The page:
• I have learned to summarize any kind of source, using only the main ideas. Then, I learned how to do good quotations and paraphrases to support my ideas in the body paragraphs. Finally, improved my argumentative writing by learning how to properly use opposing viewpoints and rebuttals with meaningful and relevant details.
  • Another point that I want to mention is the correction that my teacher wrote in my drafts because those comments have helped me to recognize when I make mistakes like fragments or word choices.
  • I used to struggle while doing an essay, but now, it is easy for me to face with it. Furthermore, I am capable of doing a lab report and an academic essay. It will be very important to me in my academic classes and in my whole life.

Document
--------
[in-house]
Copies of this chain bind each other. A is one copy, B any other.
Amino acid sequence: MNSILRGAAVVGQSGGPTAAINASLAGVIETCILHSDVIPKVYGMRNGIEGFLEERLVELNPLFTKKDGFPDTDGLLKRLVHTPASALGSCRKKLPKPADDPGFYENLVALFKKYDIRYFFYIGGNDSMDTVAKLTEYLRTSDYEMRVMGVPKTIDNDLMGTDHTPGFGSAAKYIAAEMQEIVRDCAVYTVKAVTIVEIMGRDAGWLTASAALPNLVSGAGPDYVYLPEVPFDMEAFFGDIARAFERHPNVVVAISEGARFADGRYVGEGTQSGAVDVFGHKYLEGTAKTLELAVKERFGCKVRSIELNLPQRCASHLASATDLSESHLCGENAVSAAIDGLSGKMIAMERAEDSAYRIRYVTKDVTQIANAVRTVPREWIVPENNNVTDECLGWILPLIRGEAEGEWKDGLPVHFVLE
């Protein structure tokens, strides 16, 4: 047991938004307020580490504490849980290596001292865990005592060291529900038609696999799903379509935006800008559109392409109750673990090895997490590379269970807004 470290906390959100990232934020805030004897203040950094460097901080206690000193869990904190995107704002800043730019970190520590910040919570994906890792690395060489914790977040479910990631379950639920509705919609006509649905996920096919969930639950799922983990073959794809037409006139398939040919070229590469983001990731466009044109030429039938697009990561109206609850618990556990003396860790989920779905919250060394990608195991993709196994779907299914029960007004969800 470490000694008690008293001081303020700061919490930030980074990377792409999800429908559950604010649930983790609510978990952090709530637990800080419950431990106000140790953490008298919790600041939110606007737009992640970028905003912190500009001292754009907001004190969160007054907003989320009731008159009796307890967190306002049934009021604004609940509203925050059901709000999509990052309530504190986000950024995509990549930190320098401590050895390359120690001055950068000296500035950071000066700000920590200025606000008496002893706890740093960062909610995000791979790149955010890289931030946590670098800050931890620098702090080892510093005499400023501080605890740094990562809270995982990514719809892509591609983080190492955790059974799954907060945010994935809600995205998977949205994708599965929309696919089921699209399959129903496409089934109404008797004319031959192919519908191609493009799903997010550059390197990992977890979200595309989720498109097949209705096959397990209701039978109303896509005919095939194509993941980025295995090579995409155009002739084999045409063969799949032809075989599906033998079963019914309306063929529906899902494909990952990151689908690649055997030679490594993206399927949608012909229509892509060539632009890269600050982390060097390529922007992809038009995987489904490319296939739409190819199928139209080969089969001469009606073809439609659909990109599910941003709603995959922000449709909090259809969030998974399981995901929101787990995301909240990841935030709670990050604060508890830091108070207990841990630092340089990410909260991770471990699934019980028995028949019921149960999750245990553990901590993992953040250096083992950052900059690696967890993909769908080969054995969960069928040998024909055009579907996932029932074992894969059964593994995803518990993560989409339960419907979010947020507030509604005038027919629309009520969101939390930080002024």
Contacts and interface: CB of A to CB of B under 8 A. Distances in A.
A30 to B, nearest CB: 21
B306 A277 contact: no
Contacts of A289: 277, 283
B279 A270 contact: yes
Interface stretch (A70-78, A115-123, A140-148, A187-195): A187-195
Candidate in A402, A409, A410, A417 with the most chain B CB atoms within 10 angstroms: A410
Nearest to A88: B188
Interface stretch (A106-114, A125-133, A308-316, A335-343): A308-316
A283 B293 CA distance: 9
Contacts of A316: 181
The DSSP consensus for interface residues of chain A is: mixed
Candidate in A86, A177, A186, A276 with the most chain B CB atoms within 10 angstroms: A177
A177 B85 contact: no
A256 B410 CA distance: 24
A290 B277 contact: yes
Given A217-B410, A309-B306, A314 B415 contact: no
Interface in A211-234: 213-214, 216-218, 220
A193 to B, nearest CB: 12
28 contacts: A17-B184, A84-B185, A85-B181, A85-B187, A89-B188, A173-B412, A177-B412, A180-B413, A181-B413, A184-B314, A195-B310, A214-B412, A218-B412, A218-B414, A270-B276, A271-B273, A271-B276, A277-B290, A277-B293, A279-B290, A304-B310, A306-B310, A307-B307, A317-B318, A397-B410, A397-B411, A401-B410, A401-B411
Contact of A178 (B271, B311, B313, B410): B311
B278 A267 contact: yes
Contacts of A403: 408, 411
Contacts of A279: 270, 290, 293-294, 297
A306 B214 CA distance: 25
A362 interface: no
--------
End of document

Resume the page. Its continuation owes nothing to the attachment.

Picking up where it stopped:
• For me writing class is very important because I have to write my dissertation, so it needs accurate and perfect grammar. Fortunately, this writing class has learned me a lot. Commonly, I had problem with making summary, thesis sentence, and topic sentence; fortunately, homework, short and long assignments, grammar practices have made clear and easy for me.
  • Before joining this program, I had many grammatical errors and text organization problems in my writing. Moreover, I had no idea how to join my sentences using FANBOYS or other connectors, and how to have the variety of sentences in my essay. In addition, in my essay or writing I had been using “and” or “but” and the same kinds of structures over and over.